When a Black Ohio bartender tried to quiet and take a beer away from a Hispanic senior civil rights investigator, she allegedly told him she “hated black people” and hoped he would “get a call from the KKK.”
Julia Acosta-Grommon, who was hired by Dayton’s Human Relations council back in April, was attending a birthday celebration with a friend Aug. 29 at Elsa’s Corner Cantina in Sugarcreek Township, according to WHIO TV.
The city is about 15 miles south of Dayton.
The civil rights worker had finished two beers at the bar and restaurant when the Black bartender came on duty at 4 p.m. to serve them their thirds, WHIO reported.
That’s when the women became loud despite several requests to quiet down, the bartender said.
Restaurant video showed the bartender gesturing to a manager, who later told the employee to take Acosta-Grommon’s beer, WHIO reported.
At that point, the woman allegedly said this is why she “hated black people” and “hated representing them.”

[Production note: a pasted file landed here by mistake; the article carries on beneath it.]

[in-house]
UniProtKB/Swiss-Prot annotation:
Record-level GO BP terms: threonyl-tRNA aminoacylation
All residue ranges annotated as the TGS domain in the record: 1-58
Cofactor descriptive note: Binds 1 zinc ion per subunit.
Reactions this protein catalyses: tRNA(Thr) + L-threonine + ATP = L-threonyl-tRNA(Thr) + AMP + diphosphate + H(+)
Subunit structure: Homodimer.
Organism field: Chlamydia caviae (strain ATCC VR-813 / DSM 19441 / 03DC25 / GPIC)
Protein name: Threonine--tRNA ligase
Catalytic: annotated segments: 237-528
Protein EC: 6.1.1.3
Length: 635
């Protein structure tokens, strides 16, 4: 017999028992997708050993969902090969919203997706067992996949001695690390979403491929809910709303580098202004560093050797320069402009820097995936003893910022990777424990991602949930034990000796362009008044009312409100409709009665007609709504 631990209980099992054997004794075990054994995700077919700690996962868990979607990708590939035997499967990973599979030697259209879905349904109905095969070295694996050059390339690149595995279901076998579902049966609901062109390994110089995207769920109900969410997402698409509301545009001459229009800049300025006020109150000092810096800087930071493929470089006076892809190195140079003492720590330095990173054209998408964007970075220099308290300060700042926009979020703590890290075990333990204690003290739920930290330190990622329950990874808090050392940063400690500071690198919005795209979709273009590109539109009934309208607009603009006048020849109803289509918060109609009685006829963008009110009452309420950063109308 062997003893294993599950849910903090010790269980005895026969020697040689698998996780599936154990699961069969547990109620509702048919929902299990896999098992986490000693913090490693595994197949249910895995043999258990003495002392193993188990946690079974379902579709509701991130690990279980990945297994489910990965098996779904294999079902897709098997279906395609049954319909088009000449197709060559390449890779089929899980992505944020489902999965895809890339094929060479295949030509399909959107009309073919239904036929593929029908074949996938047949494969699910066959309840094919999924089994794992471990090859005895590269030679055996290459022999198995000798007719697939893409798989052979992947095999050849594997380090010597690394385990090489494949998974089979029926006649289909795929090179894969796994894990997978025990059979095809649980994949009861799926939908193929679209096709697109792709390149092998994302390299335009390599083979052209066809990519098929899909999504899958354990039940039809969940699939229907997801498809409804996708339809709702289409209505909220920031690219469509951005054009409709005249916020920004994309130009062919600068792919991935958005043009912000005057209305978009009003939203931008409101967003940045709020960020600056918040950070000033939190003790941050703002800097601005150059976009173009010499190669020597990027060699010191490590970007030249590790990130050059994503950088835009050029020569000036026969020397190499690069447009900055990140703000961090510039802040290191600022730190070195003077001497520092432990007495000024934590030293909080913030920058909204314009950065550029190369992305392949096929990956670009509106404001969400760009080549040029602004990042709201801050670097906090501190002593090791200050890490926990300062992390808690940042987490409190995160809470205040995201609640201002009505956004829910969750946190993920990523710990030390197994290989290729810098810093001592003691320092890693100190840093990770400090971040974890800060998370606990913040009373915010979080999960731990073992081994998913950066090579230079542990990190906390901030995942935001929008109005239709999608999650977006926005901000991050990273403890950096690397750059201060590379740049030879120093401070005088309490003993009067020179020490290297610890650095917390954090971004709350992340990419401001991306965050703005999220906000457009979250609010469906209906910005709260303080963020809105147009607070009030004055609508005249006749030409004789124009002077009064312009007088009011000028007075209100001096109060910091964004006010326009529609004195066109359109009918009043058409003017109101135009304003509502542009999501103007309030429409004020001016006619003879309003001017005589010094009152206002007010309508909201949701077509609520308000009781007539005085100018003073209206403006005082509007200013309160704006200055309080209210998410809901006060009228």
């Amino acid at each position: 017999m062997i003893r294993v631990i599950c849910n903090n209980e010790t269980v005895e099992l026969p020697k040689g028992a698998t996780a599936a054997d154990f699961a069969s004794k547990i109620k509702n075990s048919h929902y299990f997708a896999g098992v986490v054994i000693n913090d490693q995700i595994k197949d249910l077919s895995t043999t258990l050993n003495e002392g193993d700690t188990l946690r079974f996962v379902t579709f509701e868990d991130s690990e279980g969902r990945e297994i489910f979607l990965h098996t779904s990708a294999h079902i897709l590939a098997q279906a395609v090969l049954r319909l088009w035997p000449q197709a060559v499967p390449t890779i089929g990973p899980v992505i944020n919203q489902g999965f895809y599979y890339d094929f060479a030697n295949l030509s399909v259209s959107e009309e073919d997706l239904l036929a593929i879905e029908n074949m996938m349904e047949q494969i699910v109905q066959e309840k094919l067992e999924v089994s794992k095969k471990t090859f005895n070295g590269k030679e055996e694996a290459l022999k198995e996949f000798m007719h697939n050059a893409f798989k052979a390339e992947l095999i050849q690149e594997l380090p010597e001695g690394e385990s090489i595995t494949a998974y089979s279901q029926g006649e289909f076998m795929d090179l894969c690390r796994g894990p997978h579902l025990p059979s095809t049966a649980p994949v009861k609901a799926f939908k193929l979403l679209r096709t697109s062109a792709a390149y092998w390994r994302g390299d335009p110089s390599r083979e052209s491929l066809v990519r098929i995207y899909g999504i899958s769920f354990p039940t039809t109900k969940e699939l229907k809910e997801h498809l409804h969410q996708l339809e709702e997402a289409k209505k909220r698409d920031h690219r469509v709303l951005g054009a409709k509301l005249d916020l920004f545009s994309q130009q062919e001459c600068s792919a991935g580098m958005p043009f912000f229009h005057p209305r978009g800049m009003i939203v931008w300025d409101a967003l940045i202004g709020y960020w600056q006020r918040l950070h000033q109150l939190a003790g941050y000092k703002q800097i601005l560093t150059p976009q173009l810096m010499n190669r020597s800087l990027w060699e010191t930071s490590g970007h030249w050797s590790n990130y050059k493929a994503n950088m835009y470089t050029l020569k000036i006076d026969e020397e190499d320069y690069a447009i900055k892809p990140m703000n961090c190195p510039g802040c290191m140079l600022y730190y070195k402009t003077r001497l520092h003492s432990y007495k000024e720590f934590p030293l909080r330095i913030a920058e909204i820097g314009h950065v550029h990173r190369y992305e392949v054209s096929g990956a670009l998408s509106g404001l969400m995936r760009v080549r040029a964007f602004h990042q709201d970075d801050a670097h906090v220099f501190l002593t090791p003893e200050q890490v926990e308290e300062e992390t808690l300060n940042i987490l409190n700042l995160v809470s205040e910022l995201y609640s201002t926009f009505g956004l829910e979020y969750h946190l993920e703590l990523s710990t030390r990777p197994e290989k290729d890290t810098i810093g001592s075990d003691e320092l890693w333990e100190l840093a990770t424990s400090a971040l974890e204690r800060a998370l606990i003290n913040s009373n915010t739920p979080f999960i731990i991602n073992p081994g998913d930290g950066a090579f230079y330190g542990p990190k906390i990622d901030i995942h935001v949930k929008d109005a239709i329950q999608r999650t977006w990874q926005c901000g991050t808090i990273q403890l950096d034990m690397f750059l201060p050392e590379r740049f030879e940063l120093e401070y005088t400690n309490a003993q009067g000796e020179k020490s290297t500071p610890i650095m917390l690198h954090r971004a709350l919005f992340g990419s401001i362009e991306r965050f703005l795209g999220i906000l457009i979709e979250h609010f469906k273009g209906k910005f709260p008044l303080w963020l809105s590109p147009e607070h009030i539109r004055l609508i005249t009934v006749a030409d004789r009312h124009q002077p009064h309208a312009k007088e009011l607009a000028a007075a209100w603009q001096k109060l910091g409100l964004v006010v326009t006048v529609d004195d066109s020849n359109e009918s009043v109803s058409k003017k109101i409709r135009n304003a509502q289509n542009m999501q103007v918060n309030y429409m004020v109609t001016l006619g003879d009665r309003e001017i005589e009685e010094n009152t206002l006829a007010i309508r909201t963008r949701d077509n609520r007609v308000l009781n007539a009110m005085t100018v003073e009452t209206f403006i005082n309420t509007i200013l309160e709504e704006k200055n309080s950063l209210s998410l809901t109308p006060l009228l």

Ryan Collins, the bartender, allegedly told Acosta-Grommon and her friend they were causing a scene and needed to leave, WHIO reported.
He later told city investigators Acosta-Grommon told him he would “never be more than a black piece of (expletive) bartender.”
Collins responded by again telling Acosta-Grommon she needed to leave and she again said she hated Black people, the worker said.
“‘Black people are the low-lives of society, and it’s for that reason she doesn’t have to listen to a black piece of (expletive) like me,’” Collins said the woman told him.
A man Dayton Daily News identified as Craig Orzechowski, part-owner of the bar, later escorted Acosta-Grommon and her friend to the restaurant’s entryway, where the women sat and Acosta-Grommon refused to leave until the owner called police.
On her way out, Acosta-Grommon allegedly told Collins she hoped he had a “cross burning” on his lawn when he got home and got a “call from the KKK,” he stated in an email both Dayton Daily News and WHIO obtained.
The city of Dayton fired Acosta-Grommon in mid-September after the complaint made by Collins was corroborated by video evidence and statements by the management team.
When city officials met with Acosta-Grommon, she reportedly said she did not recall a negative exchange with a bartender but remembered being asked to leave, according to a memo Dayton Daily News obtained from her personnel file.